Senate Majority Leader Harry Reid and Minority Leader Mitch McConnell reported their net worth in the millions of dollars as the U.S. Senate released personal financial disclosure reports for its members.
A court ruling that cast doubt on the authority of its director has hampered the U.S. Consumer Financial Protection Bureau, slowing some enforcement, impeding recruitment of a second-in-command and delaying joint ventures with the states, people briefed on the agency’s work said.
A federal judge expressed “concern” that the U.S. scared off American International Group Inc. from joining a lawsuit by Maurice “Hank” Greenberg, its former chairman, challenging the insurer’s 2008 federal bailout.
Almost three years ago, when Goldman Sachs Group Inc. paid $550 million to settle fraud accusations by the Securities and Exchange Commission, one of the claims was that Goldman misled the bond-insurer ACA Financial Guaranty Corp. in a horribly complex deal named Abacus.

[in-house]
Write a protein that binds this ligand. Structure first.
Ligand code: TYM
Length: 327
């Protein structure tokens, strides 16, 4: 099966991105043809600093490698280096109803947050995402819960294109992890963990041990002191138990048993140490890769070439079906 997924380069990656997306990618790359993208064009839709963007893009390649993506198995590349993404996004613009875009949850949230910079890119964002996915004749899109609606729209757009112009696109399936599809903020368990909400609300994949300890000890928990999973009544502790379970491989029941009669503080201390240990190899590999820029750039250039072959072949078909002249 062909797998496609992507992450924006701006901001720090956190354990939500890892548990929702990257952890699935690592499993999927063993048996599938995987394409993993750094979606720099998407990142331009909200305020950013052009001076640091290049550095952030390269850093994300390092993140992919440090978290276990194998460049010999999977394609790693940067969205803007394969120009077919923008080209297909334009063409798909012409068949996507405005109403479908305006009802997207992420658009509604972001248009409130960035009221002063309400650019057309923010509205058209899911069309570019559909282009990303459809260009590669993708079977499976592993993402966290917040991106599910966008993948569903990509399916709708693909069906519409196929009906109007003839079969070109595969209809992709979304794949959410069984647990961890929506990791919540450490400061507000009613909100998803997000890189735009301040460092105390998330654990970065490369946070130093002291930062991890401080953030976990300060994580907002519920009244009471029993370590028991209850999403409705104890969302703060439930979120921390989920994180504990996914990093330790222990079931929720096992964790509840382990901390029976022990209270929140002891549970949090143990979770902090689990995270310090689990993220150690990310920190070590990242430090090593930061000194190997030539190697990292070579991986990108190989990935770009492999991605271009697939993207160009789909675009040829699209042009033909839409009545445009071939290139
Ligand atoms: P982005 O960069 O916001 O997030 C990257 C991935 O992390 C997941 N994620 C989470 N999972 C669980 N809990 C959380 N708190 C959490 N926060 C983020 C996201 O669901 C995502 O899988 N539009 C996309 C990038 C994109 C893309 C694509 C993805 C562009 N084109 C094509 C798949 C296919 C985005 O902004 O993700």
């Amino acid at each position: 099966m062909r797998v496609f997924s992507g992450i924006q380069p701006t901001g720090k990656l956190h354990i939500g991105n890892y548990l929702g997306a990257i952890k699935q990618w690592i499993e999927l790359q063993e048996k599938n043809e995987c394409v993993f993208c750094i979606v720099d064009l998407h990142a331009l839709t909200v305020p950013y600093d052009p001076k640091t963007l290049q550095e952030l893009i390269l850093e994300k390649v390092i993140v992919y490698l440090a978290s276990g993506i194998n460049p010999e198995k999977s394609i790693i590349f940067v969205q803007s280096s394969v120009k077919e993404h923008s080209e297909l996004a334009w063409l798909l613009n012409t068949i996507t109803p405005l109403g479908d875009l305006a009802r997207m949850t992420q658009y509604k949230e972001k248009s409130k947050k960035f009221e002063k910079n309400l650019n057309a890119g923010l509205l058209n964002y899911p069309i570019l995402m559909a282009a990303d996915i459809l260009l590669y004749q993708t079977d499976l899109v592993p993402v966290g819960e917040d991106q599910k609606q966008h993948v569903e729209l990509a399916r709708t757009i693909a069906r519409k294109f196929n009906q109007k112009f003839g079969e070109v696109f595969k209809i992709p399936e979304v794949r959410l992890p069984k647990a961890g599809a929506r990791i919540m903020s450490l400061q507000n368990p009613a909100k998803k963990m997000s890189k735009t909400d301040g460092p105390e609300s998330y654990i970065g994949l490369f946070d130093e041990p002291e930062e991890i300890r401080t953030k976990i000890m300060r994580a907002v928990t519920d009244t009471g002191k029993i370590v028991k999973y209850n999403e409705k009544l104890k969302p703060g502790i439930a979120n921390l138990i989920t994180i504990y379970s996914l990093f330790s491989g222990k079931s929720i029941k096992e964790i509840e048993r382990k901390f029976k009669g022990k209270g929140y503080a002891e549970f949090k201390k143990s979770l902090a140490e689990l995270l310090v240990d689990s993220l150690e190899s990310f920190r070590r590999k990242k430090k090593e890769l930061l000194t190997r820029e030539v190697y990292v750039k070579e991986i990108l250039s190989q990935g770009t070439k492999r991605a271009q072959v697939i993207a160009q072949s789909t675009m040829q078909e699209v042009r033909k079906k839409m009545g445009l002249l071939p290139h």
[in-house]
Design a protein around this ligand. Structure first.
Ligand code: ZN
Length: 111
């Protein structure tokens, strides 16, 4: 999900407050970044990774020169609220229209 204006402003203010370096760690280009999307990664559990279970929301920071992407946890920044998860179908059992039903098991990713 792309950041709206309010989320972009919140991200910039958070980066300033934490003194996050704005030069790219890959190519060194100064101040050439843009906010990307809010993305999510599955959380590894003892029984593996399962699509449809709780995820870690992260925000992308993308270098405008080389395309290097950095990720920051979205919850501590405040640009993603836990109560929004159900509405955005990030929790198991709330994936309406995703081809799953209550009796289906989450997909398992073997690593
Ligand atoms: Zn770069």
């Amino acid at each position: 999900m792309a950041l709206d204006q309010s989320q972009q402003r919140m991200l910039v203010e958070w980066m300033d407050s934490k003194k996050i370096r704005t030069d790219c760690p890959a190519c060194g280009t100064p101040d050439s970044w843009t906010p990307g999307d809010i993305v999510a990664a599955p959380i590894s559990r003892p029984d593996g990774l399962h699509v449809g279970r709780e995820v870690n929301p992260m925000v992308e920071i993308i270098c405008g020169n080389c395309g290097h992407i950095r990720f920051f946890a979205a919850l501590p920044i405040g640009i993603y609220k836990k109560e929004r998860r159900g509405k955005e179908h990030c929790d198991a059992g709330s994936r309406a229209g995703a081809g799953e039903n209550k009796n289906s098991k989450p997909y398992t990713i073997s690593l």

U.S. Senator Elizabeth Warren has questioned three more federal agencies’ enforcement practices by asking if they’ve studied the costs of favoring settlements with big financial firms over taking them to trial.
The U.S. Senate will vote next week on whether to advance Richard Cordray’s confirmation to lead the Consumer Financial Protection Bureau, according to Adam Jentleson, a spokesman for Senate Majority Leader Harry Reid.